There are similar systems available for some frameworks, but since they aren't part of the core framework, they don't get the same attention. Someone creates it, but it doesn't have the kind of community buy-in that sustains it. One of the odd things about Django is that the admin system is under `django.contrib` which indicated that they didn't intend for it to be in the core of Django forever, but that's not really how `django.contrib` ended up. It continued to be a core part of Django maintained as part of the framework.

    Like I said, there are admin dashboards available in other frameworks like RailsAdmin (https://github.com/railsadminteam/rails_admin) or Core Admin for .NET (https://github.com/edandersen/core-admin) and I'm sure there's more. However, both Rails and .NET provide most of what Django provides (and a lot more than most frameworks). Rails and .NET both have a default data access ORM that a majority of people using those frameworks tend to use. .NET has built-in authentication/authorization so the admin can work off that. Rails doesn't have auth, but RailsAdmin uses some plugins.

  • core-admin

    Fully automatic admin site CRUD UI generator for ASP.NET Core and .NET 8

  • Like most things, it's probably a combination of things.

    The Django Admin existed before Django publicly existed. That meant that once anyone started using Django they knew that they should constrain their use of Django in certain ways so that the Django Admin would work with their usage. Features that would be added to Django would be built with the Django Admin in mind.

    Many tools like Flask or FastAPI don't have an opinionated model layer like Django. Without that, you can't really create an admin interface programatically. People could be storing their data in any sort of fashion anywhere. How would one build an admin system for something like Flask or FastAPI where there's no convention around how people set up data access? A lot of frameworks out there don't tell you "access your data in this way" or "this is how users will be authenticated." Without those two things, it's hard to really create an admin system.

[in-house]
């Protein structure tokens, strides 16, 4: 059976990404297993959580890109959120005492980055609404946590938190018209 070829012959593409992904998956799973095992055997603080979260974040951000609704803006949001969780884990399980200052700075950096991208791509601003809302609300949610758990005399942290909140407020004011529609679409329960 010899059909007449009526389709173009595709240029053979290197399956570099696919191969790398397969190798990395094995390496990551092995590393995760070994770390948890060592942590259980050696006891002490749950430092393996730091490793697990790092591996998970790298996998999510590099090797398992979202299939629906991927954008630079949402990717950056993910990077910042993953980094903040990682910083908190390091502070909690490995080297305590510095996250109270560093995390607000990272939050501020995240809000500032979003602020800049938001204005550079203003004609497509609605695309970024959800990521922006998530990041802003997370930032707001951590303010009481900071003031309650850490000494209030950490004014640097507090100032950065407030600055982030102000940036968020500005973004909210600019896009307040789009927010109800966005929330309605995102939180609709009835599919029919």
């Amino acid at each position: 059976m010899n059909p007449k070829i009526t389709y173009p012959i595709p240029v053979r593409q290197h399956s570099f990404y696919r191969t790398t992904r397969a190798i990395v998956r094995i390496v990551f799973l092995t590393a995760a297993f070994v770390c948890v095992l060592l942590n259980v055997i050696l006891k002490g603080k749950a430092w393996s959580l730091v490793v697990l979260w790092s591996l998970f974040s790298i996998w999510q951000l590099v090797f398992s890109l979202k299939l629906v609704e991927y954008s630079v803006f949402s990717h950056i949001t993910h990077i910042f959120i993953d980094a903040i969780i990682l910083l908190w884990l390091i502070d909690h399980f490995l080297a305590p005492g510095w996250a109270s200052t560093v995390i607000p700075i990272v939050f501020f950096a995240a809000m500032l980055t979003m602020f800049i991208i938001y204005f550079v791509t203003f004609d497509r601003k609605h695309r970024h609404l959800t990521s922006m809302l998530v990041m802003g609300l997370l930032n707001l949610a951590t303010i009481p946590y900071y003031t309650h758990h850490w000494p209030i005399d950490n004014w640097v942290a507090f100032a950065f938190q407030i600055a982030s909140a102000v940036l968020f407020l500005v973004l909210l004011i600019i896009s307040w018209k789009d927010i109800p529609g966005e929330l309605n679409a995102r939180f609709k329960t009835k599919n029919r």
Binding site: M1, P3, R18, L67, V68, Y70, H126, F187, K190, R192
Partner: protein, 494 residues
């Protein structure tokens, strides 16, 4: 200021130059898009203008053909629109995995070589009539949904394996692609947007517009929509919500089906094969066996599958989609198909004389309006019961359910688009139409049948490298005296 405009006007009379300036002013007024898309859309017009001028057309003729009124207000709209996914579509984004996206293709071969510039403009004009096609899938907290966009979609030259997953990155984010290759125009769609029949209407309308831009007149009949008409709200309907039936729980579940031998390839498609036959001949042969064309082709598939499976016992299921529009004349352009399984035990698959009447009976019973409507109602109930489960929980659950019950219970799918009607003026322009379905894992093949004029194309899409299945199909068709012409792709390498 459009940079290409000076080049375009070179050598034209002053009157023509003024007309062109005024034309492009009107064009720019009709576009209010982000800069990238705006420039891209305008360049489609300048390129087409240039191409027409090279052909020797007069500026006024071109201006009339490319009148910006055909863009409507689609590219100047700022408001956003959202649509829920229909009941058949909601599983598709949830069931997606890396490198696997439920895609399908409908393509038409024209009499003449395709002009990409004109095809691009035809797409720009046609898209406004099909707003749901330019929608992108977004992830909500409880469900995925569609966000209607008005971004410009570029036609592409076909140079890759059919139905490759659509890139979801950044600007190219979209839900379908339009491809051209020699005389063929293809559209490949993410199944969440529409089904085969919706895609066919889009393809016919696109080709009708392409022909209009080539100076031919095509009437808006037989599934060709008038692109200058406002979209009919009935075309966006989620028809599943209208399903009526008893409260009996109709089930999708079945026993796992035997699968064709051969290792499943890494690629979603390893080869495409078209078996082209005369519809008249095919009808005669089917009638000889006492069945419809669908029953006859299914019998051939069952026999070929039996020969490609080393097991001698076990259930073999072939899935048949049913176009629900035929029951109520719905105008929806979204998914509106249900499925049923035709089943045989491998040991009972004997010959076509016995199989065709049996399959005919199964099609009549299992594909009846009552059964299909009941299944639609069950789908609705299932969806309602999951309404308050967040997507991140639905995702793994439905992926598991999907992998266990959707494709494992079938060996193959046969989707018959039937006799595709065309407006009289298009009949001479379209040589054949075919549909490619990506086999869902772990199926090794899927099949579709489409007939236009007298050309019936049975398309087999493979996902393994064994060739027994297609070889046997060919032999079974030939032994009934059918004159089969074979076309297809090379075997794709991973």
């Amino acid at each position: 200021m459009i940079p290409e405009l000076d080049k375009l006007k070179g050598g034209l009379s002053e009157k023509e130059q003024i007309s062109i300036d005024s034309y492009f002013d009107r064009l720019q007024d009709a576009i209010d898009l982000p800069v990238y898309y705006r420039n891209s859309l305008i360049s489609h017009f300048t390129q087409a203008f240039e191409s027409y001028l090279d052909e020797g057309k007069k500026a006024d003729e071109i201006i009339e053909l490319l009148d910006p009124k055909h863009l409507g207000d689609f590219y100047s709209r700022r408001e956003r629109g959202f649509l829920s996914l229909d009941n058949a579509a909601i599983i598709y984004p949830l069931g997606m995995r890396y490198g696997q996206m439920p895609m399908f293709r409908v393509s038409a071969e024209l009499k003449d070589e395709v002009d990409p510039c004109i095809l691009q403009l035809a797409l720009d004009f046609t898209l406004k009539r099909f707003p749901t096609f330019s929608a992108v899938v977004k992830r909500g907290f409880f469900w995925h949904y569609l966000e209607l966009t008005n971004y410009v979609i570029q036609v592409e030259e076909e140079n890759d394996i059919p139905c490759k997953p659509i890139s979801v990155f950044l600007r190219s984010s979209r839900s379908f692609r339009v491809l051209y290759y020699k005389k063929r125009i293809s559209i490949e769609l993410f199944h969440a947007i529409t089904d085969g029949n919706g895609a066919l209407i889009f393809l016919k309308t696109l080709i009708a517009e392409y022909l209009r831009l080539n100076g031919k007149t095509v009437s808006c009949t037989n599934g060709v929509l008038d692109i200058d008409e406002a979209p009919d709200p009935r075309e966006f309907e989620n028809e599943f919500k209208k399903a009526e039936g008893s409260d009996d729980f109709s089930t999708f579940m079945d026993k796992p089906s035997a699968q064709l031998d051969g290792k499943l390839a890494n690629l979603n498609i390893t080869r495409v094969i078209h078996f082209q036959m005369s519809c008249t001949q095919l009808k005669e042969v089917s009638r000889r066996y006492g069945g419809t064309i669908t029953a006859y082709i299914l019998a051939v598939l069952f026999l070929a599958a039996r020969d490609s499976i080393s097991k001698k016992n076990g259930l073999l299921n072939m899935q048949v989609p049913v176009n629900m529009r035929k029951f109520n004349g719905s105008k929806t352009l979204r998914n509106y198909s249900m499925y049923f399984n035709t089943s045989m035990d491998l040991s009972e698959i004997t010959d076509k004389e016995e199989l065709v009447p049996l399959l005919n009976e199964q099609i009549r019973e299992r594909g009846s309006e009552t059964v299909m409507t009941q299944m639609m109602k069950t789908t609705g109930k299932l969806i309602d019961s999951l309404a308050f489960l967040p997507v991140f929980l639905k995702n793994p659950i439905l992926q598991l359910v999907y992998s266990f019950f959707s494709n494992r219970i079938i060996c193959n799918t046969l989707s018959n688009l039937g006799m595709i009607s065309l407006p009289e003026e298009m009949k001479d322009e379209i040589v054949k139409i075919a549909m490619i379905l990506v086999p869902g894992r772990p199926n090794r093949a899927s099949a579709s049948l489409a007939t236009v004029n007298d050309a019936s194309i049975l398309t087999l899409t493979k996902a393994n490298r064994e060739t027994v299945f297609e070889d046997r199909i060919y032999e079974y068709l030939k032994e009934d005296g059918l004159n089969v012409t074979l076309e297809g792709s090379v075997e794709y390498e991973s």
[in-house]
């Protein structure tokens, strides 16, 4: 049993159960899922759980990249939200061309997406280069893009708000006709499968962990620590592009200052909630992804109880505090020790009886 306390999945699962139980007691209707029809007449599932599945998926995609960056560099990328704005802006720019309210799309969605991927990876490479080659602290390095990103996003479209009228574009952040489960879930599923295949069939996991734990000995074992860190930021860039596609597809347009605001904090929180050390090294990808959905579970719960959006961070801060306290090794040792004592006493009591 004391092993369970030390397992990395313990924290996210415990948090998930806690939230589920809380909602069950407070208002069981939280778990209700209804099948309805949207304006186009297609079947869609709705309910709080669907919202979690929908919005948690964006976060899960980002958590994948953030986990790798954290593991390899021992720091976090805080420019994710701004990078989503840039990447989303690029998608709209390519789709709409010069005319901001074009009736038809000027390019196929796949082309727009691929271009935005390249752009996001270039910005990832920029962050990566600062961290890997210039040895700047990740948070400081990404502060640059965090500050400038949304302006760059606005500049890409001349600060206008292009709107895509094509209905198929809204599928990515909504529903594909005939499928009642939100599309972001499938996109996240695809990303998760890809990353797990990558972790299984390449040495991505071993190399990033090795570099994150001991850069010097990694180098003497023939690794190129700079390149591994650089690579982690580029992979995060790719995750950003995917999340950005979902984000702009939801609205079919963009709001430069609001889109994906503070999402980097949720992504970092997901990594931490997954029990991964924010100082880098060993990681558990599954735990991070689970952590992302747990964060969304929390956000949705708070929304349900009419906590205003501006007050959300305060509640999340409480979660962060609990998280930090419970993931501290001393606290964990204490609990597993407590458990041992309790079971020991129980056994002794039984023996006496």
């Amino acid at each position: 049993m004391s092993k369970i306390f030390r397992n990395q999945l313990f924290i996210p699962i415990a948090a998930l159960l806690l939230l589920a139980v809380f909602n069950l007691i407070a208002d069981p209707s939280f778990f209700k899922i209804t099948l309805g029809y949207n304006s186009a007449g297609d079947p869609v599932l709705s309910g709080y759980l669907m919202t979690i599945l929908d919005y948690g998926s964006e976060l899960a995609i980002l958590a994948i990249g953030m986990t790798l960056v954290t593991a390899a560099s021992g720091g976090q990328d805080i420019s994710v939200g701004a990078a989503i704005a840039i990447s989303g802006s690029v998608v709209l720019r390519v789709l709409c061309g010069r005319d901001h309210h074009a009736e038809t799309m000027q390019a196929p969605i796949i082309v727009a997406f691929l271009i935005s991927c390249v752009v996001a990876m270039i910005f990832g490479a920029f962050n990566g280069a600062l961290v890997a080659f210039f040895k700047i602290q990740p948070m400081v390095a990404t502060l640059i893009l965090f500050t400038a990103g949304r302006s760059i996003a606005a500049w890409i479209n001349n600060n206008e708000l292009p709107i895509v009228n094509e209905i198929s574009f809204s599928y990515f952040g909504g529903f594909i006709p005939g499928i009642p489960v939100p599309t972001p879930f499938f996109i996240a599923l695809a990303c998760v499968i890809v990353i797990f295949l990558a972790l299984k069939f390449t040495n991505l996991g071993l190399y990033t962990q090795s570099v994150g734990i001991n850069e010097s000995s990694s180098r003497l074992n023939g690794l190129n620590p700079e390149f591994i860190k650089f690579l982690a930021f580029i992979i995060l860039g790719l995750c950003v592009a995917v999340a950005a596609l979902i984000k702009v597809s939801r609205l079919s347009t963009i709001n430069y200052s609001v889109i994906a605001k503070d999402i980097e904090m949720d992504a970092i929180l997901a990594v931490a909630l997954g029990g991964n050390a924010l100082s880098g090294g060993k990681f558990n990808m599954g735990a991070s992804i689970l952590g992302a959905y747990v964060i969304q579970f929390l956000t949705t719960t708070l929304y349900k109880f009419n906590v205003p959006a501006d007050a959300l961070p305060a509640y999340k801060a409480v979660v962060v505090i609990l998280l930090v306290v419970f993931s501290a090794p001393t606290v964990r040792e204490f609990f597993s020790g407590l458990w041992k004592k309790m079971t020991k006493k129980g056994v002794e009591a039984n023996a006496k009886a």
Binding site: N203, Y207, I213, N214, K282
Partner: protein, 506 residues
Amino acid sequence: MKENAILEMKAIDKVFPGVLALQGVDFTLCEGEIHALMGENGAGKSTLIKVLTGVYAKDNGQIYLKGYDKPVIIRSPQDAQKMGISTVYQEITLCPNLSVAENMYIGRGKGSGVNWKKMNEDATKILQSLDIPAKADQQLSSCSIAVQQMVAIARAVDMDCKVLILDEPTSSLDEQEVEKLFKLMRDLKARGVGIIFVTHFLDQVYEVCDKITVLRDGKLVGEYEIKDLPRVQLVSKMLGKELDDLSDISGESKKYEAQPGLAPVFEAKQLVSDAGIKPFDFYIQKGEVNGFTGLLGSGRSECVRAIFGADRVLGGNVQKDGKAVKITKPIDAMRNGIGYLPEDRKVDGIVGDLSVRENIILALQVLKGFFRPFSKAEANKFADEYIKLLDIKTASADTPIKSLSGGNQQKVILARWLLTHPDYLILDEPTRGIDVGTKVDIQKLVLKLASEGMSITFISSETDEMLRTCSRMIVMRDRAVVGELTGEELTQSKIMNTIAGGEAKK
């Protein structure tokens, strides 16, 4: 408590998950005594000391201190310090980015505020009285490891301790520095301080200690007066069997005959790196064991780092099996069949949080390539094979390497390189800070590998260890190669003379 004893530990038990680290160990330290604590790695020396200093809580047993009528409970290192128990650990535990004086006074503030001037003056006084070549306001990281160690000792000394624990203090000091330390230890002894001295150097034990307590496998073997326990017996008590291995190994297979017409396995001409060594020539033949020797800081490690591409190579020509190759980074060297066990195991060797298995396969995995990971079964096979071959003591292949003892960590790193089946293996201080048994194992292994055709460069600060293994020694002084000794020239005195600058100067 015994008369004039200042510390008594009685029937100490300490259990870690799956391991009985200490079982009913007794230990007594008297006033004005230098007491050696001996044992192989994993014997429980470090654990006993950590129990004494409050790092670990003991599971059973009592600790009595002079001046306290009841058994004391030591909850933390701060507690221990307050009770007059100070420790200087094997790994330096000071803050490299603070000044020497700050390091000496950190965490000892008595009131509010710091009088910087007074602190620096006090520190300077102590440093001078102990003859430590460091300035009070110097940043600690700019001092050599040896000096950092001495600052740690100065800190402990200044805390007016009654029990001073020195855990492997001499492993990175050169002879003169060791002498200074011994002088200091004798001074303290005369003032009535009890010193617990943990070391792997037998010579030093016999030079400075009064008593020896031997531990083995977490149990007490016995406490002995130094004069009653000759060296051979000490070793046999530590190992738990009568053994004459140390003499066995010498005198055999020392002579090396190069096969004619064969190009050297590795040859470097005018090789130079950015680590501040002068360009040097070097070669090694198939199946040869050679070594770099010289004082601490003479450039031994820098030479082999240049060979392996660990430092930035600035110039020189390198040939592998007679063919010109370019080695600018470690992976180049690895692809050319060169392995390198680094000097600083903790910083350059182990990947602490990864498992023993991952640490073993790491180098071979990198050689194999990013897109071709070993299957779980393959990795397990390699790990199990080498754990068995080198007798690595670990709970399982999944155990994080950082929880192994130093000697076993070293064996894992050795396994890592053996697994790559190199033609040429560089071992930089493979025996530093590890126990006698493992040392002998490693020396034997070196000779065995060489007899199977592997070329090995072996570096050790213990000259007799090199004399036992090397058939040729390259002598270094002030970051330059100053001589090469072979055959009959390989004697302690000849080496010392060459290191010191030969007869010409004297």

There are similar systems available for some frameworks, but since they aren't part of the core framework, they don't get the same attention. Someone creates it, but it doesn't have the kind of community buy-in that sustains it. One of the odd things about Django is that the admin system is under `django.contrib` which indicated that they didn't intend for it to be in the core of Django forever, but that's not really how `django.contrib` ended up. It continued to be a core part of Django maintained as part of the framework.

    Like I said, there are admin dashboards available in other frameworks like RailsAdmin (https://github.com/railsadminteam/rails_admin) or Core Admin for .NET (https://github.com/edandersen/core-admin) and I'm sure there's more. However, both Rails and .NET provide most of what Django provides (and a lot more than most frameworks). Rails and .NET both have a default data access ORM that a majority of people using those frameworks tend to use. .NET has built-in authentication/authorization so the admin can work off that. Rails doesn't have auth, but RailsAdmin uses some plugins.

NOTE: The number of mentions on this list indicates mentions on common posts plus user suggested alternatives. Hence, a higher number means a more popular project.

Suggest a related project

Related posts

  • Looking for feedback and ideas for open source admin tool

    1 project | news.ycombinator.com | 19 May 2024
  • Raspberry Pi as development environment

    1 project | dev.to | 19 May 2024
  • Payload (app framework + CMS in TypeScript) releases 2.0

    1 project | /r/selfhosted | 10 Oct 2023
  • Payload 2.0: Postgres, Live Preview, Lexical RTE, and More

    3 projects | news.ycombinator.com | 10 Oct 2023
  • Payload 2.0 released, TypeScript headless CMS and app framework

    1 project | news.ycombinator.com | 9 Oct 2023